Transportation & Logistics

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How Will Airline Fiascos Impact Sports Travel?

3 May, 2017

By: Michael Popke

The bad news the travel industry has faced this year isn’t good for the sports business, either. President Trump’s (failed) travel bans initially put athletes all over the world on edge, and high-profile incidents involving a passenger dragged off an overbooked United Airlines plane and an American Airlines employee taunting a passenger to “hit me, hit me” following an incident involving a stroller and a crying mother likely sparked lively discussions in classrooms and chat rooms — leading young athletes on travel teams to worry about their safety on airplanes and in airports.

At least one airline, Delta, is taking proactive steps to avoid ugly confrontations over overbooked flights. The company “has authorized gate agents to pay up to $2,000 to entice customers to voluntarily give up their seats when flights are overbooked, an increase from the previous maximum of $800,” according to Travel Weekly. “The airline has also authorized supervisors to offer up to $9,950, up from $1,350.” United, meanwhile, recently announced its own reforms, although pundits are wondering if they're too late.

Don’t expect the same courtesy from hotels, though. “While United Airlines’ forcible removal of a paid passenger is generating greater scrutiny of the airline industry’s overbooking practices, it is unlikely to alter how hotels treat guests when a reservation can’t be honored because a property is full,” Travel Weekly reports, in a separate story.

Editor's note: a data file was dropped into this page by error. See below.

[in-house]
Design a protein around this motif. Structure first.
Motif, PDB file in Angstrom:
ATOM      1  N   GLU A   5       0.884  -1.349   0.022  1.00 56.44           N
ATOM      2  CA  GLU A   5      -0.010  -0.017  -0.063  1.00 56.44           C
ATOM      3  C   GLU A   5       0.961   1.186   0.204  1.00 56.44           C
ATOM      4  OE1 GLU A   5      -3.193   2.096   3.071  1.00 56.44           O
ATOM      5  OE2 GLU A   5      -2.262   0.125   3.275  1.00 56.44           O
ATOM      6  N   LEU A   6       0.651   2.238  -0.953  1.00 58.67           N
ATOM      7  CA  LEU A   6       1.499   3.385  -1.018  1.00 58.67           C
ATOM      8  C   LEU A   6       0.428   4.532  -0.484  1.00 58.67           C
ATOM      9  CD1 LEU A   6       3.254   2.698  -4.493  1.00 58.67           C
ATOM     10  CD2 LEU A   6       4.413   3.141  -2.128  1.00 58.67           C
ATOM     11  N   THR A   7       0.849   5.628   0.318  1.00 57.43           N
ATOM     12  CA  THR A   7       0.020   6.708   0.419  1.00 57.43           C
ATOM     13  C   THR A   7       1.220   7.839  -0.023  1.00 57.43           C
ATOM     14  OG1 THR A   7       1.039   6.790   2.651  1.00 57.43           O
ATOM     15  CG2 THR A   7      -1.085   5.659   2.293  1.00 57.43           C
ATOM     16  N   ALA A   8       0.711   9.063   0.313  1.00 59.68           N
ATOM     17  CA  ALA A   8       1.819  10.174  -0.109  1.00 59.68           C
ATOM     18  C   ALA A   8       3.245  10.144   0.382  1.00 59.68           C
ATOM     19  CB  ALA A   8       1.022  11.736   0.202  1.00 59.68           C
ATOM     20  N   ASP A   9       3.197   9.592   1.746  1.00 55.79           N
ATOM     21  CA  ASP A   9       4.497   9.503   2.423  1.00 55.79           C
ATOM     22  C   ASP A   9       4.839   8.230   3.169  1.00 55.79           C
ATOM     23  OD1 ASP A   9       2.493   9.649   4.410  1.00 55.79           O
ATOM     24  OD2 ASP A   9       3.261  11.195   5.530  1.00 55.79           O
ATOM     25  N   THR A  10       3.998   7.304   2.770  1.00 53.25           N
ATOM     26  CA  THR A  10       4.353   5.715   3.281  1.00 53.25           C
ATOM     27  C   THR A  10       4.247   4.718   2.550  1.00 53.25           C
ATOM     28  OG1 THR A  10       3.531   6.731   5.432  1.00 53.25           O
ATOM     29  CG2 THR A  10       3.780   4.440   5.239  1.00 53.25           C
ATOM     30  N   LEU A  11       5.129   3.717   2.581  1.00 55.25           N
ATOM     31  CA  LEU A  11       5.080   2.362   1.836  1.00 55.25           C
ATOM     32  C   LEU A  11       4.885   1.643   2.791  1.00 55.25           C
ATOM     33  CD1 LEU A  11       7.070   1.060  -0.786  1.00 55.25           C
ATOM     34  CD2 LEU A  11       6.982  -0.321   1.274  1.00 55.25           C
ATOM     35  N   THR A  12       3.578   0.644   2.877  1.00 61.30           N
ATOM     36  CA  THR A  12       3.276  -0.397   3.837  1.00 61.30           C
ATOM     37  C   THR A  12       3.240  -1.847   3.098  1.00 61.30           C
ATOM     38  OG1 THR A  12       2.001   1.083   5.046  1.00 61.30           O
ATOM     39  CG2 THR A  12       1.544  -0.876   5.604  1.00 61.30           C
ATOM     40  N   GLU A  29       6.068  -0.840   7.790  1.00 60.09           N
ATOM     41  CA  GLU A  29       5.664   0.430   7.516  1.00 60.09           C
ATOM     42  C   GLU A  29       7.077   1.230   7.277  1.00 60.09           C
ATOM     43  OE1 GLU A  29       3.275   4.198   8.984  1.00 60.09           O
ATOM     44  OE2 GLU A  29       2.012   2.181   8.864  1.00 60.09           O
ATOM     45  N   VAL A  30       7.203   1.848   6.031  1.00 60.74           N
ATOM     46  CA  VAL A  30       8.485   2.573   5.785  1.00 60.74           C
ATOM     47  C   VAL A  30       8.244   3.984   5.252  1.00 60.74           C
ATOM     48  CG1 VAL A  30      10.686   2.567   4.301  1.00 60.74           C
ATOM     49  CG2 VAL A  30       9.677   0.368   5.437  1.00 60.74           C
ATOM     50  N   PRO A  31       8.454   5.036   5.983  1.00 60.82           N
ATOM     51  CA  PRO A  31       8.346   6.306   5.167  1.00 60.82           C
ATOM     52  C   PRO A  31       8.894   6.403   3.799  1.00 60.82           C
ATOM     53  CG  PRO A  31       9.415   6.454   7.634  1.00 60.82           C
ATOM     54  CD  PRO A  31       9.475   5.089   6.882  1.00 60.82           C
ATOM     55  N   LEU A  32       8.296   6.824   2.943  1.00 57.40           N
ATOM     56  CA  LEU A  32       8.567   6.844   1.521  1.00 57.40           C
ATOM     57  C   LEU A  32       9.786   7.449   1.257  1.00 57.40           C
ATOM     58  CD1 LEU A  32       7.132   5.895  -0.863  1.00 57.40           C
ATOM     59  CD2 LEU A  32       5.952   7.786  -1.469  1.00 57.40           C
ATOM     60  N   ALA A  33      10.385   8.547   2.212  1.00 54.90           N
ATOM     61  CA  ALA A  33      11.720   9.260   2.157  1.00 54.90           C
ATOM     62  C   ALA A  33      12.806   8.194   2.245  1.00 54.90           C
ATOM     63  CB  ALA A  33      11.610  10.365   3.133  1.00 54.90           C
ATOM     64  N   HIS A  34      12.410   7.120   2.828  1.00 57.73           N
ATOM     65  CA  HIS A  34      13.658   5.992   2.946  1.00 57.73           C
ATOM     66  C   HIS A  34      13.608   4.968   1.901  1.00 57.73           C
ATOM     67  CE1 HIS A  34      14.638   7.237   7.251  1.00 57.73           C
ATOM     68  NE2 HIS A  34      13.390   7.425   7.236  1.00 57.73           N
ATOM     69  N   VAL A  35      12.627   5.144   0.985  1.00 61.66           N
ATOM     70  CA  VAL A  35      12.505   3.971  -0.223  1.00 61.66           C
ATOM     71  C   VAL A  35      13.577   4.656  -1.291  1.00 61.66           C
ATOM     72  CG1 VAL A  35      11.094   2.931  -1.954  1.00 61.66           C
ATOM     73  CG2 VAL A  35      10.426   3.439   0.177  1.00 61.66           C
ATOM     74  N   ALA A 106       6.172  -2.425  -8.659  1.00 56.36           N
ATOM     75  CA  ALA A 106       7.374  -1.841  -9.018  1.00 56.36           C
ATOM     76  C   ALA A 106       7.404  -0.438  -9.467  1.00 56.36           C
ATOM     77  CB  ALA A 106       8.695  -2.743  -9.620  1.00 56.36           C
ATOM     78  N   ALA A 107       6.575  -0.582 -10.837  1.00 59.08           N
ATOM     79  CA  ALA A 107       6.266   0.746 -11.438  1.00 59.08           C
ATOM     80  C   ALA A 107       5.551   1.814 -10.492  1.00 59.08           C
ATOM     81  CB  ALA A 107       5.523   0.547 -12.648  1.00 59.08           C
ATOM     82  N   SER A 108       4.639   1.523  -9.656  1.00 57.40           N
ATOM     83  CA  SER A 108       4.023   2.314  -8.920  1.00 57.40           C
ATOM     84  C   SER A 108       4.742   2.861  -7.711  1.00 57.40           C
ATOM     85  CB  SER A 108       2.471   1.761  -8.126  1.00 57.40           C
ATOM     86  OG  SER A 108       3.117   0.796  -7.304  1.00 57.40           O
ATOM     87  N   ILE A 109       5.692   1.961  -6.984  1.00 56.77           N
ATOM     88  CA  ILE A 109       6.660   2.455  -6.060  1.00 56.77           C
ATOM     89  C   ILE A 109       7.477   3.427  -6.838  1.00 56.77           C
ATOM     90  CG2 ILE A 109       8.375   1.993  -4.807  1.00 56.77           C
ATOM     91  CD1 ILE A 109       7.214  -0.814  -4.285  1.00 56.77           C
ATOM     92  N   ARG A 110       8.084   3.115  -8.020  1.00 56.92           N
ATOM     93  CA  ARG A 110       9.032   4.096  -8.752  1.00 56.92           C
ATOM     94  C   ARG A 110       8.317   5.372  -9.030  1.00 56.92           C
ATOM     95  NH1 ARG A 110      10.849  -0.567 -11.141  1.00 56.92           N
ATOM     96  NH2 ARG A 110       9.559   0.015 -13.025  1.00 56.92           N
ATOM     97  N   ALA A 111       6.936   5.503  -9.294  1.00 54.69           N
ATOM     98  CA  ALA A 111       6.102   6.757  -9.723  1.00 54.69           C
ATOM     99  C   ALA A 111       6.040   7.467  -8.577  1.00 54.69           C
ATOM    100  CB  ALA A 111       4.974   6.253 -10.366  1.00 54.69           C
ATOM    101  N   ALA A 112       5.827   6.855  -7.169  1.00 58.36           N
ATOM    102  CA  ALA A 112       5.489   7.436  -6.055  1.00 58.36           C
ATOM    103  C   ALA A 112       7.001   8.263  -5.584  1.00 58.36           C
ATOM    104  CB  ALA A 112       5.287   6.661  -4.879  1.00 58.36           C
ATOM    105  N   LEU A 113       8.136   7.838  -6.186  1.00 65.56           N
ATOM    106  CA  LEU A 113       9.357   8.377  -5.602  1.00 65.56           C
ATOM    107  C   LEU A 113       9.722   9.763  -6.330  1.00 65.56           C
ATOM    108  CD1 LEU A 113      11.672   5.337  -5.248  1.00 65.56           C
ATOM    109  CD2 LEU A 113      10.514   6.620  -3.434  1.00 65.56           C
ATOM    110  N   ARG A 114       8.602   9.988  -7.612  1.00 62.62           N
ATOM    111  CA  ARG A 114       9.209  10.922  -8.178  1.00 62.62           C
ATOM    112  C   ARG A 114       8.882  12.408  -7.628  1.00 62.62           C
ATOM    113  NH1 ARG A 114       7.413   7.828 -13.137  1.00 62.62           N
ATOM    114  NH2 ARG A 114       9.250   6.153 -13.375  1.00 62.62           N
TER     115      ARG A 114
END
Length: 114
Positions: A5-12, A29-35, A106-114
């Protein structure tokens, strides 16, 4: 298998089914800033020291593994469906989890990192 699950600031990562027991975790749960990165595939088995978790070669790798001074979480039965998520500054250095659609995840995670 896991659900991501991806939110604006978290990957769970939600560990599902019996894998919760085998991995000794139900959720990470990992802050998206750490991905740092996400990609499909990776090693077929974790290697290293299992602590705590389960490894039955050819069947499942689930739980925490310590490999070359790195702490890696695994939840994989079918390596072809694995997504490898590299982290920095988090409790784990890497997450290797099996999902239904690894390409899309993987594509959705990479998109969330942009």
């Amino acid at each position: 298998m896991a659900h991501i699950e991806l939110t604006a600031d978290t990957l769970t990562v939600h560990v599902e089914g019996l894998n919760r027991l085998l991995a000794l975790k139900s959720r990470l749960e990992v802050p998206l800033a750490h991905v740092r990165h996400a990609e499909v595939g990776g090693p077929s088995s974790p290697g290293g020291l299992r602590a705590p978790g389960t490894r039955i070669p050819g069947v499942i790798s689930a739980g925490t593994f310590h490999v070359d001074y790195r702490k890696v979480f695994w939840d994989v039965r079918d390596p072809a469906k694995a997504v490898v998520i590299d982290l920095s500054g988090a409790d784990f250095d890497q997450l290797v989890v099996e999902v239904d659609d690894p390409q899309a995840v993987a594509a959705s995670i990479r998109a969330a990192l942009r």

“Hospitality analysts said … that because hotels often face the prospect of losing revenue in the event of a late cancellation, they will sometimes, like airlines, overbook. Hotels can also be oversold if a guest insists on extending his or her stay beyond the original departure date or if weather leaves guests stranded. In such cases, guests who either are not loyalty members, didn’t book directly or try to check in late at night can sometimes find themselves without a room.”

All the more reason for sports event organizers and travel team representatives to book all hotel rooms ahead of time and review relevant air-travel policies and procedures with athletes before trips. (It’s a good idea to check in with them after an event, too, to make sure they returned home safely and without incident.)

Unfortunately, concerns about flying safely and securely could soon get worse. As Condé Nast Traveler reports, three Transportation Security Administration programs have been singled out by the Trump administration as unnecessary, with the funds saved by their potential elimination likely going toward immigration enforcement and building a border wall. 

The endangered programs include the Behavioral Detection Officer program, developed a decade ago to “sniff out suspicious persons with observation techniques,” a federal grant program that provides added security against terrorism at large hub airports; and the Visible Intermodal Prevention and Response program, which stations security agents (often with canine units) in airports, rail stations and other transit hubs.

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